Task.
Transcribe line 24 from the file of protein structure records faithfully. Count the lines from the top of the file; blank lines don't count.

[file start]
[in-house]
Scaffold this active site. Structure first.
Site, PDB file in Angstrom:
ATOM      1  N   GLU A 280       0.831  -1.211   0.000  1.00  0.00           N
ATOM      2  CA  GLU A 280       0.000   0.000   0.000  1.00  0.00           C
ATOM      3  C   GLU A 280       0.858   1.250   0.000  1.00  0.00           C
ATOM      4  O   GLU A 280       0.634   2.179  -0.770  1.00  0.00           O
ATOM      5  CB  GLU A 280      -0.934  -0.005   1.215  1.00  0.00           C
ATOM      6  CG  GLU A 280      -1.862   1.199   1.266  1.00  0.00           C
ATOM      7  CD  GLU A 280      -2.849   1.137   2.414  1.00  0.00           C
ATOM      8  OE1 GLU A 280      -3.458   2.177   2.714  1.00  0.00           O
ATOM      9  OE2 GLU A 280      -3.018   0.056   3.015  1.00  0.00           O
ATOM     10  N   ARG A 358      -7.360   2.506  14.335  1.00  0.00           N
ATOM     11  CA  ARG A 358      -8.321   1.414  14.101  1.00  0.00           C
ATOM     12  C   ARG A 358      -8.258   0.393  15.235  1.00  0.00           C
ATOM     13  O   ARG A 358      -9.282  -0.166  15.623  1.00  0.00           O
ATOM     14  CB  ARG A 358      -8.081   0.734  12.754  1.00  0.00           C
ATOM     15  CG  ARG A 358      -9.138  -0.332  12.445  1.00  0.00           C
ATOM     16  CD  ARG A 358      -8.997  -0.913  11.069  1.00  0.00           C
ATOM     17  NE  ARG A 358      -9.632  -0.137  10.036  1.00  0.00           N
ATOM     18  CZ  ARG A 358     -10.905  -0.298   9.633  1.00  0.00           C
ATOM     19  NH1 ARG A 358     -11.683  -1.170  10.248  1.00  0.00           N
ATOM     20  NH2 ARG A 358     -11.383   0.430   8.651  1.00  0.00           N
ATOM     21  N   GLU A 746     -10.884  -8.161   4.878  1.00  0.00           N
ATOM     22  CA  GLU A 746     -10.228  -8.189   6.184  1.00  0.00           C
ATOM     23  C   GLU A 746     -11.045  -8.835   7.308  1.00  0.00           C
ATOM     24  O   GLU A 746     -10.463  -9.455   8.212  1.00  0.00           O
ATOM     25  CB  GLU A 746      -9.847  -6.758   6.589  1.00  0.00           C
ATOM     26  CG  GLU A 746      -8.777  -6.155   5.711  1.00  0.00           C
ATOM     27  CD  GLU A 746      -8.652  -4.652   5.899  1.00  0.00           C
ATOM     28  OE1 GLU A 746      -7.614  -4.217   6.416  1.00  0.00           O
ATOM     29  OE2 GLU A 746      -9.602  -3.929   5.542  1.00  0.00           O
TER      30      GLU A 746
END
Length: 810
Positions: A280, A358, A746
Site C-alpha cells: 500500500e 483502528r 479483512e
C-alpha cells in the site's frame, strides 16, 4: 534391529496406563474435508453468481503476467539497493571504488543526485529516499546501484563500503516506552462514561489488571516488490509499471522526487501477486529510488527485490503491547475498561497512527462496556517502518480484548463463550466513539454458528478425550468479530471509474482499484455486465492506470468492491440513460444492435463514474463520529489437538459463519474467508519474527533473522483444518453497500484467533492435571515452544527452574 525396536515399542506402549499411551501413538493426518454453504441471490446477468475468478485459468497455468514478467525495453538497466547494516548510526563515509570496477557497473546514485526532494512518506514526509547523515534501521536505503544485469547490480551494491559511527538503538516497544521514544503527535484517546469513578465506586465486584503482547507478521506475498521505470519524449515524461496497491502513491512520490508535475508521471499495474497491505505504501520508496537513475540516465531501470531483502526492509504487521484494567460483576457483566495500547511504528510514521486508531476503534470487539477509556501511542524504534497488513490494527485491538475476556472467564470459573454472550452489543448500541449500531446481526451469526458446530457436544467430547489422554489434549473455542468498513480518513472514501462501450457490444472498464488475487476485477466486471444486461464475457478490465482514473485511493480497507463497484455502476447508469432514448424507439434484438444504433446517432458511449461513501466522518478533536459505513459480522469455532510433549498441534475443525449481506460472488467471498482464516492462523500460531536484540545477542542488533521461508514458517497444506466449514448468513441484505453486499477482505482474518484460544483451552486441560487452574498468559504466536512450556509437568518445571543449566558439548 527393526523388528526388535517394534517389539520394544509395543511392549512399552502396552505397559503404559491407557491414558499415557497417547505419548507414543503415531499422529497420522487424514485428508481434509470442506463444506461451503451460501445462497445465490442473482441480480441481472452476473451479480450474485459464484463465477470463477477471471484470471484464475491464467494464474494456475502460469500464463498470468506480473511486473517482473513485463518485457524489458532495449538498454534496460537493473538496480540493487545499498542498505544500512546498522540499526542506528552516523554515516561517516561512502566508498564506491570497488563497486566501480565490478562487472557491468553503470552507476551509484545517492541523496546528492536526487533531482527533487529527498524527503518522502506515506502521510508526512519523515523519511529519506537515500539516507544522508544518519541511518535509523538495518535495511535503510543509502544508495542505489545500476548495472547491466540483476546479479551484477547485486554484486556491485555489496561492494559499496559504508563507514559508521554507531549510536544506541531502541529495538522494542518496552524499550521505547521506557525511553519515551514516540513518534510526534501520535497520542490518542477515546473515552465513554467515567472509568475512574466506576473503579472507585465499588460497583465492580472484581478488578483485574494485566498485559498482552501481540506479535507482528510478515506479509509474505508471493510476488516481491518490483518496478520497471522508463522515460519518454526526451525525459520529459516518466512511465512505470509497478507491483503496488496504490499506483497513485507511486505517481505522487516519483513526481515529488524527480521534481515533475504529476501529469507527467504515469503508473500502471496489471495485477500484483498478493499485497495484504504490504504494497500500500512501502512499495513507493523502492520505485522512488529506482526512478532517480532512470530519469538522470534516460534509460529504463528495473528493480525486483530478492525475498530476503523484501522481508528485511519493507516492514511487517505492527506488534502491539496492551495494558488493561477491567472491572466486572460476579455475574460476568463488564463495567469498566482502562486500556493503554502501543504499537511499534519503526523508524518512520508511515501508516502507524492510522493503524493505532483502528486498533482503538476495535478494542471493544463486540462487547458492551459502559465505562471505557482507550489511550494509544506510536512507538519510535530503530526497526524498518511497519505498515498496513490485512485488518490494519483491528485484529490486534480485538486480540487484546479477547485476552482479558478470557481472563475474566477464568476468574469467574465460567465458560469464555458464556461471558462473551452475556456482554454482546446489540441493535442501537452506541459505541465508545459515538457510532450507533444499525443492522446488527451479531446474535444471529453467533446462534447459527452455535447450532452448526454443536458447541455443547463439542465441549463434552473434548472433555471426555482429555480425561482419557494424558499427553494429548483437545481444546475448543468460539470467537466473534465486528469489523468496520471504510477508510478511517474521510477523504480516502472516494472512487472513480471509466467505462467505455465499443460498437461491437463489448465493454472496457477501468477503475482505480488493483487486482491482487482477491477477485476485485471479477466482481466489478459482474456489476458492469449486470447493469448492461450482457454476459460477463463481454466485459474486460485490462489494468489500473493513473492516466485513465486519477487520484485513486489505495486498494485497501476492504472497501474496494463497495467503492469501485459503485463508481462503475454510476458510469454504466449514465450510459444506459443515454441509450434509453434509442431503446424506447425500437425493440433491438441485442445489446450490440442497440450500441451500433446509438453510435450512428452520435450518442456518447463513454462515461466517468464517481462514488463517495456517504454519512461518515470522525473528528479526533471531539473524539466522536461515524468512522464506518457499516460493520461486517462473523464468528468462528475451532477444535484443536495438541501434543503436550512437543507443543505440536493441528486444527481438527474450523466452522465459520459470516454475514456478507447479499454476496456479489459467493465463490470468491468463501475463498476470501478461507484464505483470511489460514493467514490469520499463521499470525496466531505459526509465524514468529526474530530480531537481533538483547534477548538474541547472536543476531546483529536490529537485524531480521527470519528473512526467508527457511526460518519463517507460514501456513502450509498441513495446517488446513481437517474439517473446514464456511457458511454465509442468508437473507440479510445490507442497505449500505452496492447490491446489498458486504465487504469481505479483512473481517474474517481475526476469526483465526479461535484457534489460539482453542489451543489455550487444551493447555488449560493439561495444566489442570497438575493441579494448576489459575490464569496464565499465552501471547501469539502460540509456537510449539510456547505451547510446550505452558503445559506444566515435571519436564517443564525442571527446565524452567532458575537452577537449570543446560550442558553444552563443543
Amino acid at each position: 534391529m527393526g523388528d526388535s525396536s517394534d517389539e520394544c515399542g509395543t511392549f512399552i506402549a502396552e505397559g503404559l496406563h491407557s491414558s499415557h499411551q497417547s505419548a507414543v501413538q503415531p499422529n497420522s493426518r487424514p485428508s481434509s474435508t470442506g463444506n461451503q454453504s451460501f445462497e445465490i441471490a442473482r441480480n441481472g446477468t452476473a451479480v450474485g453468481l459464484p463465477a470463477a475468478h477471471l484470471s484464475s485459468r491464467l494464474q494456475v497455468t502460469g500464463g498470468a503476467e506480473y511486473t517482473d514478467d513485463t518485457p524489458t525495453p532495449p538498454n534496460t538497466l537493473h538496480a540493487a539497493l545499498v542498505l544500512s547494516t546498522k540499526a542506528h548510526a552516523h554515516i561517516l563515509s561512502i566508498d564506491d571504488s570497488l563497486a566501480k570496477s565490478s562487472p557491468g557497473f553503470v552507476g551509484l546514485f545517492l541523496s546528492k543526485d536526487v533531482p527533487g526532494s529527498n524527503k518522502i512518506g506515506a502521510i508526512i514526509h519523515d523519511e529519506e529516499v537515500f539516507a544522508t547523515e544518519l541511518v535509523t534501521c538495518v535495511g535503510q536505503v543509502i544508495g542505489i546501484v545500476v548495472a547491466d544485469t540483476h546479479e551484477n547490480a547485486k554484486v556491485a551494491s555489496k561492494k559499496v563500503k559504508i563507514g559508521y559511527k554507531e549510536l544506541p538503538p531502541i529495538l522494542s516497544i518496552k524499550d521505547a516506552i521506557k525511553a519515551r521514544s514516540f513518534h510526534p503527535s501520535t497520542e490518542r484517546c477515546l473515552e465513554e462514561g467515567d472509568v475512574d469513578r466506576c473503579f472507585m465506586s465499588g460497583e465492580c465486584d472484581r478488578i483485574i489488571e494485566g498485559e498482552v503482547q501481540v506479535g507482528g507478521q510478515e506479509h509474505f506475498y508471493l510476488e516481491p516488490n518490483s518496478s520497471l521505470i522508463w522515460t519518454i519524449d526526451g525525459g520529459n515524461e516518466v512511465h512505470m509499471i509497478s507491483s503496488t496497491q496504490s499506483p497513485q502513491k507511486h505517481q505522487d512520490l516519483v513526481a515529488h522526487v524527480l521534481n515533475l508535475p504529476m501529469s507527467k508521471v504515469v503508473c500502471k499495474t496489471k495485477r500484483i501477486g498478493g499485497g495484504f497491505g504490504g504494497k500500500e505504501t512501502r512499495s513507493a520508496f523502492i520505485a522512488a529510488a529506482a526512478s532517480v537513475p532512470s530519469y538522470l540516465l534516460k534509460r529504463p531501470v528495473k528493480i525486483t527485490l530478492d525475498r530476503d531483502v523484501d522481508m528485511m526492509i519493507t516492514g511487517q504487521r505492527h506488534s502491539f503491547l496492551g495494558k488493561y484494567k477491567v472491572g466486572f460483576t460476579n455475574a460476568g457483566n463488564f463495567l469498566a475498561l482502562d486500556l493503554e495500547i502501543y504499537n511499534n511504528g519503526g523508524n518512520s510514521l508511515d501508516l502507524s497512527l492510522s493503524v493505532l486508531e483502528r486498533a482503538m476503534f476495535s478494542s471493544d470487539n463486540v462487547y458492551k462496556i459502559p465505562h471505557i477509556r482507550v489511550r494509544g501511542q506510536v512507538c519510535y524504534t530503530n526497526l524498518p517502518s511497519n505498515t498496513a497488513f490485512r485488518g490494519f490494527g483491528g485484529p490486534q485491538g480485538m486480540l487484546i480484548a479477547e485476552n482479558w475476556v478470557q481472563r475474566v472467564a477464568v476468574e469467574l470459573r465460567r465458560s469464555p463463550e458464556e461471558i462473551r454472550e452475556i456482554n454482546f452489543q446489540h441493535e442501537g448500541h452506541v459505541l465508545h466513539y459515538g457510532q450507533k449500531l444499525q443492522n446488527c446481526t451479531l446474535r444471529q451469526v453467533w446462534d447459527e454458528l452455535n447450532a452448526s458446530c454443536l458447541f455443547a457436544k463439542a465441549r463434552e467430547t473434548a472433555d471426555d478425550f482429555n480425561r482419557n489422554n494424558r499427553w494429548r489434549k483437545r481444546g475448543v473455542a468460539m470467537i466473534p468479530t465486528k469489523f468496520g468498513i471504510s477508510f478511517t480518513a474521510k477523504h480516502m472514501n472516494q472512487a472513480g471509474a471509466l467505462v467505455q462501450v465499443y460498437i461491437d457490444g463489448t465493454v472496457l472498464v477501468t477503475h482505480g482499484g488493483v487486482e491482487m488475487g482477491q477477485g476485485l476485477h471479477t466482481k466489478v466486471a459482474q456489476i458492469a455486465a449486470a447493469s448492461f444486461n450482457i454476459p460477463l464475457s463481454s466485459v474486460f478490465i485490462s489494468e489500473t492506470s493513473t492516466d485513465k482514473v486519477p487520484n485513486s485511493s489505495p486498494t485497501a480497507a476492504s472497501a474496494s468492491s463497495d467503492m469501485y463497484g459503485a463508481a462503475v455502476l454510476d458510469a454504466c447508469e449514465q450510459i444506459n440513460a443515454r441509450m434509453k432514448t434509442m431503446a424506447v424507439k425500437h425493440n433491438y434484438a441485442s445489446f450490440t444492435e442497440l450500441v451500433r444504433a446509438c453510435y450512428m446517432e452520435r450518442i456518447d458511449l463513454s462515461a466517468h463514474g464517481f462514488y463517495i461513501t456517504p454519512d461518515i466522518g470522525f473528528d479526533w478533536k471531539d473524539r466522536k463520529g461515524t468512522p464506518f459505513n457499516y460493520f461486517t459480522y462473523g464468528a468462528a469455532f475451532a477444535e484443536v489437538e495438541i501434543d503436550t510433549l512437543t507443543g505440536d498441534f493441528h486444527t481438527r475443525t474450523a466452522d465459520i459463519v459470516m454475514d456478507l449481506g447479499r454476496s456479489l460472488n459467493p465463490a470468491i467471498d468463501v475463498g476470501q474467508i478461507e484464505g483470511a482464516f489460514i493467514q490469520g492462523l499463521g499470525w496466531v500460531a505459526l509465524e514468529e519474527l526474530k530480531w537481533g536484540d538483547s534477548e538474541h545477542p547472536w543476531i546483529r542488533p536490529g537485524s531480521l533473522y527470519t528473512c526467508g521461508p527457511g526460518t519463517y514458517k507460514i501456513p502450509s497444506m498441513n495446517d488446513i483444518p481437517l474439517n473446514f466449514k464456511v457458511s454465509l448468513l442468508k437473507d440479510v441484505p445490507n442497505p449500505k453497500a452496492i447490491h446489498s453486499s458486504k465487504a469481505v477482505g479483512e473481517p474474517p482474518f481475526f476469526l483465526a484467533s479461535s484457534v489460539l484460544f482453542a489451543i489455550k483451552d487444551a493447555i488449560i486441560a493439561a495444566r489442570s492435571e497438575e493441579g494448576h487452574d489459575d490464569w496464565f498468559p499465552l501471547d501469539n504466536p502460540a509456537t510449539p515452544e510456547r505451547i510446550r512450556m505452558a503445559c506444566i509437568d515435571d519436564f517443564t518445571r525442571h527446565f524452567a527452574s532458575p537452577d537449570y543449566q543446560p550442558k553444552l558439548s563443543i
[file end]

ATOM     21  N   GLU A 746     -10.884  -8.161   4.878  1.00  0.00           N